"It's a very emotional process when someone tells you there's something wrong with your pregnancy. I think at first - the best way to describe it - is a grief; grieving for the child that you're not going to have. Certainly it made the pregnancy harder because it was just loaded emotionally and had a lot of fear with it, like is the baby going to be healthy, is the baby going to be okay? But I'm glad I processed it so that I do feel when Isabella arrived, I was just ready to be right there with her."
This advanced awareness is a common incentive for couples to ask for a prenatal screen. Janet grieved during her pregnancy. Crissy and Bill, however, dealt with the news in the early months of Matthew's life.
As these couples' experiences show, decisions of knowing or not knowing, of receiving or declining a screen, are very personal. Dr. Brian Skotko, a resident physician at Children's Hospital Boston and Boston Medical Center, says it always comes down to two essential questions for couples.
"And that is, 'when does live begin' and 'what forms of life are valuable?' Because every couple will need to decide for themselves: 'What are the answers to those two questions?' And those two answers will guide them on how they want to proceed."
Even couples facing infertility issues who are eager to have kids can be concerned about having a child with Down syndrome. These couples can begin making choices about the qualities of a future child at conception. One option for couples that visit infertility clinics is to have fertilization performed in vitro in the lab. The resulting embryo can be screened and a couple can then decide whether it will be introduced into the mother's womb. Dr. Sherman Silber, director of the Infertility Center at St. Luke's Hospital in St. Louis, says that a lot of infertile couples worry about having children with disabilities.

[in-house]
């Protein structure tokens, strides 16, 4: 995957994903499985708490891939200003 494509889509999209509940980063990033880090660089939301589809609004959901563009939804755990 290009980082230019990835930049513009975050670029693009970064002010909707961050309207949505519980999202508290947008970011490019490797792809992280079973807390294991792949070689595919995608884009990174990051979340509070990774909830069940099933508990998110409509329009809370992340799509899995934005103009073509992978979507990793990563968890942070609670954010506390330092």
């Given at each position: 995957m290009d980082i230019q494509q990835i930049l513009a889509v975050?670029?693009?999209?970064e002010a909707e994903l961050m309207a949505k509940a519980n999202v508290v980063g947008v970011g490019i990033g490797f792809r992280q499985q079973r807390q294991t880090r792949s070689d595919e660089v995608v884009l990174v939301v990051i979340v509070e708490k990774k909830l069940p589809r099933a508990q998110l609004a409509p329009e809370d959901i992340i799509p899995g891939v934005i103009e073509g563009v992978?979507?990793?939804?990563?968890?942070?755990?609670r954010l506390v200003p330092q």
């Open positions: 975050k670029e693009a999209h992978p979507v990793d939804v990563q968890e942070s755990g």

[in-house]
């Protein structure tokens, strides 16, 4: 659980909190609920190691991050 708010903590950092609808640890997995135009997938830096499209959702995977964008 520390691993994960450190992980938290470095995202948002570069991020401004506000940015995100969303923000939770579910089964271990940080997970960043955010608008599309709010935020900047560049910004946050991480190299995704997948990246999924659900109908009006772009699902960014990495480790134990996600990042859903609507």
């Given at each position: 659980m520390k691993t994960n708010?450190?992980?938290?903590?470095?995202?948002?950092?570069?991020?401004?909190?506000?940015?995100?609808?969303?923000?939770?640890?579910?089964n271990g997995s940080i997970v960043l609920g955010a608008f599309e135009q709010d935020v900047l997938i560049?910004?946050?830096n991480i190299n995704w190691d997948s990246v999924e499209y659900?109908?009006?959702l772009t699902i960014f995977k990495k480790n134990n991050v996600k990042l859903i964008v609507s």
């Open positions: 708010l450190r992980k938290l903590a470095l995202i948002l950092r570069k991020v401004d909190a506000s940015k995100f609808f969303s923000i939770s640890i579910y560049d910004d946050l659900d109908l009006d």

"There are many infertile couples that say 'look, of course we want a healthy child. Why would we want to impose just another difficulty? It's been challenging enough to be infertile. We would like to do whatever we can to have a baby that doesn't have disabilities.' So if you hear that, then you have to be sensitive to their feelings as well."
But these early embryonic tests raise even more difficult questions about genetic engineering and designing a perfect baby. Parents hope that their children will grow up healthy, independent and free of disabilities. So it's probably not surprising that 80% to 90% of all couples who receive a definitive positive diagnostic for Down syndrome decide to terminate their pregnancy. Their reasons are many and include concerns related to the mental and physical health of their baby or that a child with Down syndrome would introduce a burden to the family.
Individuals with Down syndrome frequently experience behavioral, cognitive and developmental challenges. And they can have heart or gastrointestinal difficulties as well. But Dr. Skotko tells expecting parents that that isn't the whole story.
"What I do tell them is that their child will have talents and their child will be a valued member of society. People with Down syndrome have a whole range of cognitive capacities; they have a whole range of talents, just like we all do."
Crissy Condon and Bill Roslansky of Woods Hole are discovering that this is true about their son Matthew.
"If you measure your success as a parent by whether your child is happy and is exploring their full potential and living up to that potential, then, you know, we just hit a grand slam with Matthew."
"I feel like, in a way, our first act towards our kids should be to accept them for who they are before they've even arrived, you know, they're still just cooking."
The choices offered by these prenatal screens and diagnostics are here to stay. In fact, prenatal screening for more and more physical and mental conditions is inevitable. It will be up to each couple to first, determine whether they want this information and second, if so, whether they'll use it to either prepare for the pregnancy or terminate it. These tests challenge couples to look inwards, and think about what kind of life is worth living and the types of families they hope to create.